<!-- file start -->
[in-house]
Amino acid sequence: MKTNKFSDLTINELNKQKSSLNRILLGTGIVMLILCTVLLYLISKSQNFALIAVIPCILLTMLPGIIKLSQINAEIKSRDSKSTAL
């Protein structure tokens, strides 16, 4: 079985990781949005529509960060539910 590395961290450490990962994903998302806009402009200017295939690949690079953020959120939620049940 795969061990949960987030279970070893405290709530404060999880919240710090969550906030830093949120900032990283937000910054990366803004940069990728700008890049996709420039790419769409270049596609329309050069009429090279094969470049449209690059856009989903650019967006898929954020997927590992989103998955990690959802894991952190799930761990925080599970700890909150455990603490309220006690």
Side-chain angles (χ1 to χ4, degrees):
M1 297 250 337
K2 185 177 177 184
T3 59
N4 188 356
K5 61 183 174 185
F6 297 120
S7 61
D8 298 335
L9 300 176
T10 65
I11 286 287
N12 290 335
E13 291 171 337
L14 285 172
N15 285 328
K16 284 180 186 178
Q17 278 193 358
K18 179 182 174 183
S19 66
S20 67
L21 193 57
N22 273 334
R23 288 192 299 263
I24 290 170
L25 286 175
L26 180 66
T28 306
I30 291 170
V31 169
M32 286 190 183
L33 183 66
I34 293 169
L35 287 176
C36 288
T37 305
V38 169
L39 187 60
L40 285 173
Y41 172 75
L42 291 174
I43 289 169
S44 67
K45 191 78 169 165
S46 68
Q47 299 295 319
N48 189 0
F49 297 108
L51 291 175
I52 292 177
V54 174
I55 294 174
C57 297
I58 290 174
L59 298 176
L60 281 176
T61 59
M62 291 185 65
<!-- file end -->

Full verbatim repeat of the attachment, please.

[in-house]
Amino acid sequence: MKTNKFSDLTINELNKQKSSLNRILLGTGIVMLILCTVLLYLISKSQNFALIAVIPCILLTMLPGIIKLSQINAEIKSRDSKSTAL
């Protein structure tokens, strides 16, 4: 079985990781949005529509960060539910 590395961290450490990962994903998302806009402009200017295939690949690079953020959120939620049940 795969061990949960987030279970070893405290709530404060999880919240710090969550906030830093949120900032990283937000910054990366803004940069990728700008890049996709420039790419769409270049596609329309050069009429090279094969470049449209690059856009989903650019967006898929954020997927590992989103998955990690959802894991952190799930761990925080599970700890909150455990603490309220006690």
Side-chain angles (χ1 to χ4, degrees):
M1 297 250 337
K2 185 177 177 184
T3 59
N4 188 356
K5 61 183 174 185
F6 297 120
S7 61
D8 298 335
L9 300 176
T10 65
I11 286 287
N12 290 335
E13 291 171 337
L14 285 172
N15 285 328
K16 284 180 186 178
Q17 278 193 358
K18 179 182 174 183
S19 66
S20 67
L21 193 57
N22 273 334
R23 288 192 299 263
I24 290 170
L25 286 175
L26 180 66
T28 306
I30 291 170
V31 169
M32 286 190 183
L33 183 66
I34 293 169
L35 287 176
C36 288
T37 305
V38 169
L39 187 60
L40 285 173
Y41 172 75
L42 291 174
I43 289 169
S44 67
K45 191 78 169 165
S46 68
Q47 299 295 319
N48 189 0
F49 297 108
L51 291 175
I52 292 177
V54 174
I55 294 174
C57 297
I58 290 174
L59 298 176
L60 281 176
T61 59
M62 291 185 65